Parents across the city are coming together this week to stand against standardized testing and the effects it has on their children.
Starting Tuesday and running through Thursday, students are scheduled to have to take the English Language Arts (ELA) test at schools throughout the state. The following week, students are scheduled to take the math standardized test.
Parents and education advocates have spoken against the tests, saying it brings too much pressure onto students and is not being properly used to evaluate the students, but rather to assess teachers. This has led some parents to forbid their children from taking the tests, and the schools have been prohibited from taking any action against those parents.
“I’m here as the chair of the [City Council] Education Committee to call into question the validity of these tests and the reason these tests are being given, and actually question why they are being used the way they are being used,” said Councilman Daniel Dromm, who on Tuesday stood with parents who have decided to have their children opt out of taking the tests. “These tests actually are not tests to show our children’s strength, they’ve become tests to make our children look like failures.”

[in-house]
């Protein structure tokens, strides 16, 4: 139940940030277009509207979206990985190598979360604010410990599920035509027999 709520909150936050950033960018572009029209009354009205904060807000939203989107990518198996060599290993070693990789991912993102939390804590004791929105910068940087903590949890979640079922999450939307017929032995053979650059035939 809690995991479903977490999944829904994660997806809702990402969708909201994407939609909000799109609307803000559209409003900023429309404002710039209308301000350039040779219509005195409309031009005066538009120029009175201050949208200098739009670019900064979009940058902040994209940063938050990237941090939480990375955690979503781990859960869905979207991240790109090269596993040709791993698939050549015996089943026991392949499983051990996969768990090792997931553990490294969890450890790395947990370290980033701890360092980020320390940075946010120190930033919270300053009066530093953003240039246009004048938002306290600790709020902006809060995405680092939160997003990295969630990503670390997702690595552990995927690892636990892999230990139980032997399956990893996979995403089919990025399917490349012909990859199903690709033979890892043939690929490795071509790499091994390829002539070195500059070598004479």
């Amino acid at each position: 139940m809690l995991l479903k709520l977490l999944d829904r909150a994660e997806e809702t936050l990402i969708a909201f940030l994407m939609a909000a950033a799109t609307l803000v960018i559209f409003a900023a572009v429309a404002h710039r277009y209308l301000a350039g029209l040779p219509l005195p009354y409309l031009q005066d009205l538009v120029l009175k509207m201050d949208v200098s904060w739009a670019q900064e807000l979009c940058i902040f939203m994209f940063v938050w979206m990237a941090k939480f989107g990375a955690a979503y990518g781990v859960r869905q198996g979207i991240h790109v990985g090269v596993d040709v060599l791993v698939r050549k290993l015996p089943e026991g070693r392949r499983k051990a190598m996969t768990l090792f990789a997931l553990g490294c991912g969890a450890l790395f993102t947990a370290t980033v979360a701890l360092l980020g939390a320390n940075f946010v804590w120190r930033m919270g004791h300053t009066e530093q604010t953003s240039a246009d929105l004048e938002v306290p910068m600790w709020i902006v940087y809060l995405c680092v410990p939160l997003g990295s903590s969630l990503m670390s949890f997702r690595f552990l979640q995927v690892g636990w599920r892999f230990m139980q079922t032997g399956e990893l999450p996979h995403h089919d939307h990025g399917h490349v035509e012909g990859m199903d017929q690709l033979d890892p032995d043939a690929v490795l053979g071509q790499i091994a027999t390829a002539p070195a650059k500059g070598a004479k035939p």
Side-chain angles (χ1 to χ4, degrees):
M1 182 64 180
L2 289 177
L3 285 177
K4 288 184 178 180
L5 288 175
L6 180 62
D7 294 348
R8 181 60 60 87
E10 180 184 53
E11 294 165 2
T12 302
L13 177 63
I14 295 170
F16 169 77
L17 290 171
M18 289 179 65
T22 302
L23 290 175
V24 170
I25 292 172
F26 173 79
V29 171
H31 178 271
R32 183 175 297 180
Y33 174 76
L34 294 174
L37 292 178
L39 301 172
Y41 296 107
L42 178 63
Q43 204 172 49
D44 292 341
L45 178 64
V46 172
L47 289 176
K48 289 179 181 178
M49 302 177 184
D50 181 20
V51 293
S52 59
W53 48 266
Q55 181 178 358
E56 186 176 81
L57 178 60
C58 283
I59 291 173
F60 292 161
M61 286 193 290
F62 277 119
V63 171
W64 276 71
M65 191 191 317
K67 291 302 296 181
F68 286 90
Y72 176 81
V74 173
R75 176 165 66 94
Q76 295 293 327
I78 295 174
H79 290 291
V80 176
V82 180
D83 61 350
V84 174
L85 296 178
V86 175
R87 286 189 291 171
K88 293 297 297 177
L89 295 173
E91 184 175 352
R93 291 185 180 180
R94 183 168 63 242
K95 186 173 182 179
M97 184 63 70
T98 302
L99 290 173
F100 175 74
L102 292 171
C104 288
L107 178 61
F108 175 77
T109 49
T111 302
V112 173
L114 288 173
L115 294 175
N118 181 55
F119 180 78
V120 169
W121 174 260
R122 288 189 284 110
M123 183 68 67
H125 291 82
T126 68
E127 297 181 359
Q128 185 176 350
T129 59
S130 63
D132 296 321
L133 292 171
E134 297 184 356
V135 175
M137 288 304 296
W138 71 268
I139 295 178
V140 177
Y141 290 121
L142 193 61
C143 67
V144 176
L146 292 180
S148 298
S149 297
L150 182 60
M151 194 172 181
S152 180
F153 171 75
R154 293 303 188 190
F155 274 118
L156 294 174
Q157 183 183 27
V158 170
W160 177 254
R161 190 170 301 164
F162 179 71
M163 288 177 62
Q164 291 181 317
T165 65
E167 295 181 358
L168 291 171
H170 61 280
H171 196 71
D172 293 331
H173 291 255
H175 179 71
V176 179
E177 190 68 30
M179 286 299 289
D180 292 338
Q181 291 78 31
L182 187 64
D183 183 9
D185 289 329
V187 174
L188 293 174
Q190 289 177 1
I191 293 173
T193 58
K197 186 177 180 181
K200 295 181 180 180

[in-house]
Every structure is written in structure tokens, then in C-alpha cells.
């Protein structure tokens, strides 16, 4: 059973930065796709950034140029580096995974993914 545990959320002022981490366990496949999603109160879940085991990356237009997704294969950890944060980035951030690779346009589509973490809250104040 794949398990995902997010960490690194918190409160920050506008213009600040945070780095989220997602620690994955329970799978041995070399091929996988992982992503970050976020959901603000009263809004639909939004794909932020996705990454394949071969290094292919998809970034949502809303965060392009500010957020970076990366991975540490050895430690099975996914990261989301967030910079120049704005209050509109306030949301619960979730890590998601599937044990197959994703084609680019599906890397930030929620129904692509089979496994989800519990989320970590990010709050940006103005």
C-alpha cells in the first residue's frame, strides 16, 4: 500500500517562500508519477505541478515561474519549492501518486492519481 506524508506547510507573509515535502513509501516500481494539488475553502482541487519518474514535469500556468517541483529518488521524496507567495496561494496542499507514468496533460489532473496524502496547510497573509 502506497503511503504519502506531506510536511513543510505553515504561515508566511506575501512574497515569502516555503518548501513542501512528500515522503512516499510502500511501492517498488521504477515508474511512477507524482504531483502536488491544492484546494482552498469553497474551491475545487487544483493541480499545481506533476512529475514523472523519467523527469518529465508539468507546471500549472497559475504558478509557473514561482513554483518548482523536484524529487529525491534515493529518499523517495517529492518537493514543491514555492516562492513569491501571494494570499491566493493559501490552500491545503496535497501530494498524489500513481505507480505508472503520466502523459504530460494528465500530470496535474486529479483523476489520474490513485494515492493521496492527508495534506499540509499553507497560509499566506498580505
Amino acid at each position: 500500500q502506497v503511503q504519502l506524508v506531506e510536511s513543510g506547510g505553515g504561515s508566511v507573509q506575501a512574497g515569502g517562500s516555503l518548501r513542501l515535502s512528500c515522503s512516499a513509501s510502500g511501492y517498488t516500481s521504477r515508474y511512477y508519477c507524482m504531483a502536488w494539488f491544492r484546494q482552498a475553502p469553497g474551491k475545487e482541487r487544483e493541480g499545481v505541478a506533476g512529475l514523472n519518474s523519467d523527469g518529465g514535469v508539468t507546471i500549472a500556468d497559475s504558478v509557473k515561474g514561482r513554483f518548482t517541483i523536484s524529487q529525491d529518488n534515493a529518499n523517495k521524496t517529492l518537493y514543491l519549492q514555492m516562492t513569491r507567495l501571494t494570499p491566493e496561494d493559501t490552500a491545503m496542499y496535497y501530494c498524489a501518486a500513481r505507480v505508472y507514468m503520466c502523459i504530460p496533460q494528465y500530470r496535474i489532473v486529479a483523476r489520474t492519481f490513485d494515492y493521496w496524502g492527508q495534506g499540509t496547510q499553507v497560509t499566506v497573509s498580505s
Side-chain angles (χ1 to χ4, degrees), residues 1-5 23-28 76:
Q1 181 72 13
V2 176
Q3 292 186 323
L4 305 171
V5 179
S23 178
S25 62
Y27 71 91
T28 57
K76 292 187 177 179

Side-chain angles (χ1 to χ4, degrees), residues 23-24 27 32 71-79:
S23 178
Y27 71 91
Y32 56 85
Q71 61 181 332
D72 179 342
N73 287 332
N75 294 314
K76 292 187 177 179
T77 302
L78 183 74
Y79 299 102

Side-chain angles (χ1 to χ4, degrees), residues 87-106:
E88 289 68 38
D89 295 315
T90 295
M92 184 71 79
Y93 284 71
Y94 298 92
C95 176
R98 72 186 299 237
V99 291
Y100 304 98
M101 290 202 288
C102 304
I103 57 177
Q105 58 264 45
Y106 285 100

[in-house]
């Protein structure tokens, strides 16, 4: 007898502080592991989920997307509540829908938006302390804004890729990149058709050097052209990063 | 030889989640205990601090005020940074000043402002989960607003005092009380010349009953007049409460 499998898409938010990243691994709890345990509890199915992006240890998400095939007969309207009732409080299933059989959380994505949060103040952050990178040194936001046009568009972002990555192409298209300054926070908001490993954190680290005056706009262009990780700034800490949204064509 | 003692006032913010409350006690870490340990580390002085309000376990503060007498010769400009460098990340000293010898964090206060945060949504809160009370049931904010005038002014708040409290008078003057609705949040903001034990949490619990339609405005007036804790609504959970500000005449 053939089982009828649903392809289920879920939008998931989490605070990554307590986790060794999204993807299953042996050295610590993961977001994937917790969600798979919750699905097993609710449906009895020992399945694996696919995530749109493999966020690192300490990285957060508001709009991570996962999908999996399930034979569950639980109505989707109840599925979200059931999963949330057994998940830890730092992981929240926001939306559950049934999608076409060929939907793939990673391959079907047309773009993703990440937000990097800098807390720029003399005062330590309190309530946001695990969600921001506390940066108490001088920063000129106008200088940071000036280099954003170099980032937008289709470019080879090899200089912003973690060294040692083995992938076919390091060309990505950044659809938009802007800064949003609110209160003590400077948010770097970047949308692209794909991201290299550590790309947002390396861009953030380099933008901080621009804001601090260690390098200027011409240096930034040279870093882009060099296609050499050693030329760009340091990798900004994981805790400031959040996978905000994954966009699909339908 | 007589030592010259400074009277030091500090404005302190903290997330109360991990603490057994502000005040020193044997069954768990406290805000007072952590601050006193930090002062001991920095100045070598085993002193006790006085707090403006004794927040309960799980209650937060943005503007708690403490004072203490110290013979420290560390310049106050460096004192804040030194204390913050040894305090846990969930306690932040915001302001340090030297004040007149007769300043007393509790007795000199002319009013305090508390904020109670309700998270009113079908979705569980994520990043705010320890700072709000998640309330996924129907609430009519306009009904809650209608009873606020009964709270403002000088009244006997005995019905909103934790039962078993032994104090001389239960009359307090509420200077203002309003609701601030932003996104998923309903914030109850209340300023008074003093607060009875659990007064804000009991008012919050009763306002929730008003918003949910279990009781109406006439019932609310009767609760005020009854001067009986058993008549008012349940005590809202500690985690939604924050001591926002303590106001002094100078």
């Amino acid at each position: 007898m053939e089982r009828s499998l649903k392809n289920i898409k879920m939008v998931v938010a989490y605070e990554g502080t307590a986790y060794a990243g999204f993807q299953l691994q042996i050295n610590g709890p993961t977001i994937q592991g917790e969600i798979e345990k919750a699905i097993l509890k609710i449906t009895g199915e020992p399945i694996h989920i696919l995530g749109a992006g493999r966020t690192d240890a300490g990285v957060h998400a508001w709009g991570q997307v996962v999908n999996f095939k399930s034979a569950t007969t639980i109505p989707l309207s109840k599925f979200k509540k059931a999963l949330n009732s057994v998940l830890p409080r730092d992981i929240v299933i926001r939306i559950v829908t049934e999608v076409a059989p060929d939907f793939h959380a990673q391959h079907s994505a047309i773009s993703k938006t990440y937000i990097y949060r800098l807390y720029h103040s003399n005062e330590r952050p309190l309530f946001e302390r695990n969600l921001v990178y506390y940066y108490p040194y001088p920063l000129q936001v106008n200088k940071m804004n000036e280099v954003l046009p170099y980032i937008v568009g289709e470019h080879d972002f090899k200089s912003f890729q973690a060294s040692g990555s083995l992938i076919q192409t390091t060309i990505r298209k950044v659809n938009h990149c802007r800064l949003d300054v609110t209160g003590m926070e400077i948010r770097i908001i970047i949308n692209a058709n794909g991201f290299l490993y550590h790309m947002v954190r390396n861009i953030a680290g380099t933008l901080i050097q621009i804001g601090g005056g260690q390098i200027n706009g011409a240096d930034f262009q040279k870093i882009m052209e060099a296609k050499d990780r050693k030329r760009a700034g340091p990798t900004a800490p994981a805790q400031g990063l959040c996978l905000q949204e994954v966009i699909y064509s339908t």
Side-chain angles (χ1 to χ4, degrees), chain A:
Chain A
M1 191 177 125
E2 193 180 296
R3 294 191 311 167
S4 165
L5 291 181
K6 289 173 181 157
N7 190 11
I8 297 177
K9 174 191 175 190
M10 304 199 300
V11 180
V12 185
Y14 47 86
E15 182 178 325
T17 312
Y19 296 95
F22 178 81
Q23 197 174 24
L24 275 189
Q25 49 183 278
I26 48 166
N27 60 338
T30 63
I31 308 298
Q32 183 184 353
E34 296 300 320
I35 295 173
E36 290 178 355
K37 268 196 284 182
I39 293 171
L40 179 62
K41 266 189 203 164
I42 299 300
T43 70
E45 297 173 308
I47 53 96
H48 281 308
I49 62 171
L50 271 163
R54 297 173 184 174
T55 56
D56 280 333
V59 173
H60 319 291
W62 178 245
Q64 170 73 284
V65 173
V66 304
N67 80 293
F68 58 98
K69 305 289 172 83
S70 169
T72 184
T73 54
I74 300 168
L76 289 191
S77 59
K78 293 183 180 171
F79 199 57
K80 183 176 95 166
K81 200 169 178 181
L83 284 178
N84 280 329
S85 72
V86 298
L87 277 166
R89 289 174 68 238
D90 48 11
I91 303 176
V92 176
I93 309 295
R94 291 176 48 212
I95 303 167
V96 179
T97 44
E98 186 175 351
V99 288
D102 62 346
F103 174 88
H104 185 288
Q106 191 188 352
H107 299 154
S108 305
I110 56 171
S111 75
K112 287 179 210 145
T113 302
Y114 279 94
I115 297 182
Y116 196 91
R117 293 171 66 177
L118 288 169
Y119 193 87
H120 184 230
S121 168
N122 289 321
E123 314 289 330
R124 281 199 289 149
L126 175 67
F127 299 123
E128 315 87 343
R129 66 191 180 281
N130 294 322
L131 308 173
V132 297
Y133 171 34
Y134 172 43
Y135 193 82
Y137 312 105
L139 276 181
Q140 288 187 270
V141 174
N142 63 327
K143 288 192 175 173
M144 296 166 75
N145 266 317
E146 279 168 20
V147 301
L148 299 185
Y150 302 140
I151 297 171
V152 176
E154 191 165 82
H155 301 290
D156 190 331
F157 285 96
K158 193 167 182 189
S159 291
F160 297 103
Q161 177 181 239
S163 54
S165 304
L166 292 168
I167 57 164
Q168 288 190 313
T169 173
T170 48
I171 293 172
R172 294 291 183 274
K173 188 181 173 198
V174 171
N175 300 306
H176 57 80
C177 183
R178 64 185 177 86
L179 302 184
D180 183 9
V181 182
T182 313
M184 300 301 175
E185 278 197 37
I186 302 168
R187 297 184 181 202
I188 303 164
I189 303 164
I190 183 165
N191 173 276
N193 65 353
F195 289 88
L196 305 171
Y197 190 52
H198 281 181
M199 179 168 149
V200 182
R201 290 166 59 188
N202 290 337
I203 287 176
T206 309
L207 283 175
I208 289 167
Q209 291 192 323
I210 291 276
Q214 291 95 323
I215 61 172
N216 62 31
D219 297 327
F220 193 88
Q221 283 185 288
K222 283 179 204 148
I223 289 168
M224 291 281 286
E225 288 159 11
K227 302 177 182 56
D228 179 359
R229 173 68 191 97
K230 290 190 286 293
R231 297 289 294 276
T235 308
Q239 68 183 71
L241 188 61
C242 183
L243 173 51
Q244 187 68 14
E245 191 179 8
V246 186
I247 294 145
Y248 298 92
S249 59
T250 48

Having served as a teacher for 25 years, Dromm added that he is not opposed to tests being used as “one piece of a child’s overall evaluation” but he believes that too much time is spent on taking and preparing for these tests.
“We have heard stories about children who have collapsed under the pressure, who get sick from the pressure, who wet their pants from the pressure of these tests. This is not what education should be about,” Dromm said. “I do not believe that our students should be used as guinea pigs in the governor’s battle against teachers.”
Danny Katch, whose daughter is a fourth-grader at P.S. 69 in Jackson Heights, decided to have her opt out of the exams last year and believed the decision served as an educational experience for his daughter because it showed her about standing up for what you believe in.
Katch also said he is not opposed to tests, but the standardized tests do not come from the teachers or schools. Instead, they are being used as a form to evaluate teachers rather than assessing the students.
“If you tell teachers that 50 percent of their evaluation is going to be based on two standardized tests, then you are going to believe that most of what the kids are going to be doing all year is preparing for those standardized tests,” Katch said. “If you want to improve our schools it’s not about shoving more tests down their throats, it’s about improving the resources that they need and they deserve.”